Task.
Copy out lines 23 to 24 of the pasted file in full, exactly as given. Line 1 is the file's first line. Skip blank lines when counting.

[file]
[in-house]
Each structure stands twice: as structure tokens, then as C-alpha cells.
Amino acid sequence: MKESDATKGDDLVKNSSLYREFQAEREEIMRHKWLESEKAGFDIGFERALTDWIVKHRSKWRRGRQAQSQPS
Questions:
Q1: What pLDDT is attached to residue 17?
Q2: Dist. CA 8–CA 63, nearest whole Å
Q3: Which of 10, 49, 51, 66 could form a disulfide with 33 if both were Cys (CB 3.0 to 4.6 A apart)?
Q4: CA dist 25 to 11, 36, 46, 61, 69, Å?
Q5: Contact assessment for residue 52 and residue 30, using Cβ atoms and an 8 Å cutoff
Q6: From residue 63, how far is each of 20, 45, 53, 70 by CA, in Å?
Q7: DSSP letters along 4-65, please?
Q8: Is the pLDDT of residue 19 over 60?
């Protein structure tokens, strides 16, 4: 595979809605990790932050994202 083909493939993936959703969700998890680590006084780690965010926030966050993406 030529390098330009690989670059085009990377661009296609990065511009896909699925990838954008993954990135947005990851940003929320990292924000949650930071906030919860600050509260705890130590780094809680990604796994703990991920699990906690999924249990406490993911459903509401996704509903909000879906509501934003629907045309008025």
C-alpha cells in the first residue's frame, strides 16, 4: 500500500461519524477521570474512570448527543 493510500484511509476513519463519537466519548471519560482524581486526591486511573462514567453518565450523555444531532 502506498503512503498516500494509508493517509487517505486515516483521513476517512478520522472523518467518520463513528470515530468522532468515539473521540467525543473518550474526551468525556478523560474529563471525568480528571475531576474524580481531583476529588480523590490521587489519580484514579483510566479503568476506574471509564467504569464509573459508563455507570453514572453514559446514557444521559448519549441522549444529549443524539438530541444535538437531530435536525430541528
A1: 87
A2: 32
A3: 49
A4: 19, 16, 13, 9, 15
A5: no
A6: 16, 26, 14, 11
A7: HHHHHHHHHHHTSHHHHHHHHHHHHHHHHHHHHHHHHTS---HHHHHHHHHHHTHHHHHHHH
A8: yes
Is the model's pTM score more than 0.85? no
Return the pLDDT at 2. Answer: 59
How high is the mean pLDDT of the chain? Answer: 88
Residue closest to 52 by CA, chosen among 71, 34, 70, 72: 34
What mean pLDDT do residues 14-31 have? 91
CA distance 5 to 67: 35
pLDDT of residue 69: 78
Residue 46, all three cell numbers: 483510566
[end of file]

Is the model's pTM score more than 0.85? no
Return the pLDDT at 2. Answer: 59